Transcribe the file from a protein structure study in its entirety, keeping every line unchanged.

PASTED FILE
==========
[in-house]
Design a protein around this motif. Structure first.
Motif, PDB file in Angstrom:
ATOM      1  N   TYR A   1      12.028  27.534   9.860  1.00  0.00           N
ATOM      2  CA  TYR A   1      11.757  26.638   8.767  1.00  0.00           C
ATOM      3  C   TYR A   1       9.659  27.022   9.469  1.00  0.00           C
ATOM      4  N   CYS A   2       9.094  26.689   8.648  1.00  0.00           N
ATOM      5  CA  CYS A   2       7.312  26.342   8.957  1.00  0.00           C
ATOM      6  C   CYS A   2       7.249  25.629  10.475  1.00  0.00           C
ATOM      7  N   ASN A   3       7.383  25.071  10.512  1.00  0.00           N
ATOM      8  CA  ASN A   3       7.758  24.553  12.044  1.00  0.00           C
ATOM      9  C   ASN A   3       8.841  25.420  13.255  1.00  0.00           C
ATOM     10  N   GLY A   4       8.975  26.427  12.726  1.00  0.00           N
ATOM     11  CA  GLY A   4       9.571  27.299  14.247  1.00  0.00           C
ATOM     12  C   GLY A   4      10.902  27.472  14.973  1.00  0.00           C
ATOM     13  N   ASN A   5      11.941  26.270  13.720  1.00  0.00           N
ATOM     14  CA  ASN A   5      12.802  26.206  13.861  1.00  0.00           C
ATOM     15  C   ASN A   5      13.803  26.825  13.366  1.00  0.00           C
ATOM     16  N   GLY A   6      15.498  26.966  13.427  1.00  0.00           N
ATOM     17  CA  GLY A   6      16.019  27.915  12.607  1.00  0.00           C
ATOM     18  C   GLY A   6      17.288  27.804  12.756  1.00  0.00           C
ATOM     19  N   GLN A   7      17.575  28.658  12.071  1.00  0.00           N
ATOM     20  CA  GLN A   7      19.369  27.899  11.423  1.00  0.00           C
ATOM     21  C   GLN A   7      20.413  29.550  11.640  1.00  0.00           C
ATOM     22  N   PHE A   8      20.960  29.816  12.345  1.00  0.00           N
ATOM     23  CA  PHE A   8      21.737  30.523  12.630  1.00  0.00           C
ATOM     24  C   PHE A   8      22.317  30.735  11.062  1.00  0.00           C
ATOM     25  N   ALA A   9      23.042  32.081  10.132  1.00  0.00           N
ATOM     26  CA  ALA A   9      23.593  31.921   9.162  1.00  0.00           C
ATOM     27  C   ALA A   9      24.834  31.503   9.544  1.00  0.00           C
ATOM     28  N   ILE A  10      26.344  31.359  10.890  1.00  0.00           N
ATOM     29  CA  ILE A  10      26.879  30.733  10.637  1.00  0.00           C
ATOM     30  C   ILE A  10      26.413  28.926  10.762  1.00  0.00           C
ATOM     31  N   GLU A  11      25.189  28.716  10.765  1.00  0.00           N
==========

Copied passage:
[in-house]
Design a protein around this motif. Structure first.
Motif, PDB file in Angstrom:
ATOM      1  N   TYR A   1      12.028  27.534   9.860  1.00  0.00           N
ATOM      2  CA  TYR A   1      11.757  26.638   8.767  1.00  0.00           C
ATOM      3  C   TYR A   1       9.659  27.022   9.469  1.00  0.00           C
ATOM      4  N   CYS A   2       9.094  26.689   8.648  1.00  0.00           N
ATOM      5  CA  CYS A   2       7.312  26.342   8.957  1.00  0.00           C
ATOM      6  C   CYS A   2       7.249  25.629  10.475  1.00  0.00           C
ATOM      7  N   ASN A   3       7.383  25.071  10.512  1.00  0.00           N
ATOM      8  CA  ASN A   3       7.758  24.553  12.044  1.00  0.00           C
ATOM      9  C   ASN A   3       8.841  25.420  13.255  1.00  0.00           C
ATOM     10  N   GLY A   4       8.975  26.427  12.726  1.00  0.00           N
ATOM     11  CA  GLY A   4       9.571  27.299  14.247  1.00  0.00           C
ATOM     12  C   GLY A   4      10.902  27.472  14.973  1.00  0.00           C
ATOM     13  N   ASN A   5      11.941  26.270  13.720  1.00  0.00           N
ATOM     14  CA  ASN A   5      12.802  26.206  13.861  1.00  0.00           C
ATOM     15  C   ASN A   5      13.803  26.825  13.366  1.00  0.00           C
ATOM     16  N   GLY A   6      15.498  26.966  13.427  1.00  0.00           N
ATOM     17  CA  GLY A   6      16.019  27.915  12.607  1.00  0.00           C
ATOM     18  C   GLY A   6      17.288  27.804  12.756  1.00  0.00           C
ATOM     19  N   GLN A   7      17.575  28.658  12.071  1.00  0.00           N
ATOM     20  CA  GLN A   7      19.369  27.899  11.423  1.00  0.00           C
ATOM     21  C   GLN A   7      20.413  29.550  11.640  1.00  0.00           C
ATOM     22  N   PHE A   8      20.960  29.816  12.345  1.00  0.00           N
ATOM     23  CA  PHE A   8      21.737  30.523  12.630  1.00  0.00           C
ATOM     24  C   PHE A   8      22.317  30.735  11.062  1.00  0.00           C
ATOM     25  N   ALA A   9      23.042  32.081  10.132  1.00  0.00           N
ATOM     26  CA  ALA A   9      23.593  31.921   9.162  1.00  0.00           C
ATOM     27  C   ALA A   9      24.834  31.503   9.544  1.00  0.00           C
ATOM     28  N   ILE A  10      26.344  31.359  10.890  1.00  0.00           N
ATOM     29  CA  ILE A  10      26.879  30.733  10.637  1.00  0.00           C
ATOM     30  C   ILE A  10      26.413  28.926  10.762  1.00  0.00           C
ATOM     31  N   GLU A  11      25.189  28.716  10.765  1.00  0.00           N